Cognizance for extension was only for the period of limitation: Delhi High Court

The cognizance for extension of limitation awarded by the court during the Covid-19 pandemic was only on the ‘period of limitation’ and not the period up to which the delay can be condoned. This was held by Hon’ble Justice Asha Menon in the case of Bharat Kalra Vs. Raj Kishan Chhabra [CM (M) 429/2021] on the 12th of August before the Hon’ble High Court of Delhi at New Delhi.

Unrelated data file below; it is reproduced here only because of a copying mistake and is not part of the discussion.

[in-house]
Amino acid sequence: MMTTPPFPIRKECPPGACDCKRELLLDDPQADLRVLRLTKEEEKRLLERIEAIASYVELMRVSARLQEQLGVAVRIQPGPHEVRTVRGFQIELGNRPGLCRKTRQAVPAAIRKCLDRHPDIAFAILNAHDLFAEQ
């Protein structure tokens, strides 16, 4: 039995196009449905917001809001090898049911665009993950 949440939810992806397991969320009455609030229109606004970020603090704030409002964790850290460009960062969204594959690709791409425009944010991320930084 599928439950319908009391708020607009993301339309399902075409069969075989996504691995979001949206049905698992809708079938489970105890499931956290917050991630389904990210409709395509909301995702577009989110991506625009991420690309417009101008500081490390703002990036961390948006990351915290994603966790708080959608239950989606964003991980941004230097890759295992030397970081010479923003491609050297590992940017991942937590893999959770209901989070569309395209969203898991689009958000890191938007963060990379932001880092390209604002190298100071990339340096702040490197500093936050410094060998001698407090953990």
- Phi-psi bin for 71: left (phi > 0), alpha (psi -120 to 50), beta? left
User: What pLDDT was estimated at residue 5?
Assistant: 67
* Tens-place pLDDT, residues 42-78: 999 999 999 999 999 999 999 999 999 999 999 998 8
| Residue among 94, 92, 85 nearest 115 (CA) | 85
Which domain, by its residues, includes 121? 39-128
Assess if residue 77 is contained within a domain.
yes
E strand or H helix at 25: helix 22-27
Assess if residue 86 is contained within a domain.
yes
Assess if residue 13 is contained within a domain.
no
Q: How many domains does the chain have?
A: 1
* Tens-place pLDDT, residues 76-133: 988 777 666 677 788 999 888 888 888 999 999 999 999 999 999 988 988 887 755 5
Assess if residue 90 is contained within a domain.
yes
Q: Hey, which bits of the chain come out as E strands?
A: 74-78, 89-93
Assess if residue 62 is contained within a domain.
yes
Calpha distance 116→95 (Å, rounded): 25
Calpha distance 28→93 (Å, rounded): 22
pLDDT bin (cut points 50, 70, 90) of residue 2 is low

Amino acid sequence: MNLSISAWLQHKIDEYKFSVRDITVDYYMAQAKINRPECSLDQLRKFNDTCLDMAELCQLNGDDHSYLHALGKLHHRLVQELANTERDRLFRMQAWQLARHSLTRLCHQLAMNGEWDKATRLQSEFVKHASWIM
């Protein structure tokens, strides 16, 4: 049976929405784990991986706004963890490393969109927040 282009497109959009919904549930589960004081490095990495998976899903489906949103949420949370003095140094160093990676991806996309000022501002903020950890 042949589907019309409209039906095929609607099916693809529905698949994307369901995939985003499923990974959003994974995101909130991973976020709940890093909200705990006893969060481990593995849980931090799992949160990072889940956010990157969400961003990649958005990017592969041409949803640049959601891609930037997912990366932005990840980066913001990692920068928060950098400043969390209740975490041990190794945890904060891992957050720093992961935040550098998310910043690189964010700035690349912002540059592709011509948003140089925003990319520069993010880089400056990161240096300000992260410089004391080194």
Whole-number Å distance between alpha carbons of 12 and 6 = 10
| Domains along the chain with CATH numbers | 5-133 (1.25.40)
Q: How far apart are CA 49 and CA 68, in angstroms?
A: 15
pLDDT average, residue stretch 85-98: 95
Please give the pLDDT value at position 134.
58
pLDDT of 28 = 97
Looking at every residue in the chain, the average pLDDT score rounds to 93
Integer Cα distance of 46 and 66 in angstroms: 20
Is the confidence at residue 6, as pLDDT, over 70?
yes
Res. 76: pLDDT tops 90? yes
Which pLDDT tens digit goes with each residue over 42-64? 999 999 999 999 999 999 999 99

The brief facts of the case are, the respondent is the sole owner of the Property No.24, Surya Niketan, Delhi–110092, admeasuring 331 square yards. Thereafter, desirous of re-constructing the property into a Multi-storey building, he entered into an agreement with the petitioner who presented himself as being engaged in the business of promotion, development and construction of properties. A Collaboration Agreement was executed between the parties on 4th December 2017. In accordance with the said agreement, the cost and expenses of raising the construction were to be borne by the petitioner only. According to the Agreement, the petitioner and respondent were also to get separate portions of the said property after construction. The respondent had alleged that the petitioner failed to carry out the construction even after a lapse of 22 months and also failed to make payment of additional sum as per agreed schedule in the Collaboration Agreement. The respondent also claimed that the petitioner had undertaken to pay the rent of the premises in which the respondent had to shift on account of the demolition of the existing structure, but failed to honor this commitment. In short, these disputes between the parties led to the filing of the instant suit by the respondent seeking injunctions against the petitioner from interfering with the peaceful and lawful possession of the respondent, in respect of the property, with further directions to him to remove all his machinery, labor and other building equipment from the premises and restraining him from creating any third-party interest in the said property. A Decree of Declaration to declare the Collaboration Agreement dated 4th December, 2017 as legally terminated on breach by the petitioner and that the petitioner had no right, title or interest in the said property was also sought. An application was filed by the petitioner/defendant under Order VIII Rule 1 CPC seeking condonation of delay in filing the written statement and reply to application under Order XXXIX Rules 1 & 2 CPC. This was opposed by the respondent/plaintiff. The learned Trial Court vide the impugned order dated 6th April, 2021 dismissed the said application on the ground that there was “no plausible explanation and coherent reason” explaining the delay in filing the written statement and reply to application under Order XXXIX Rules 1 & 2 CPC.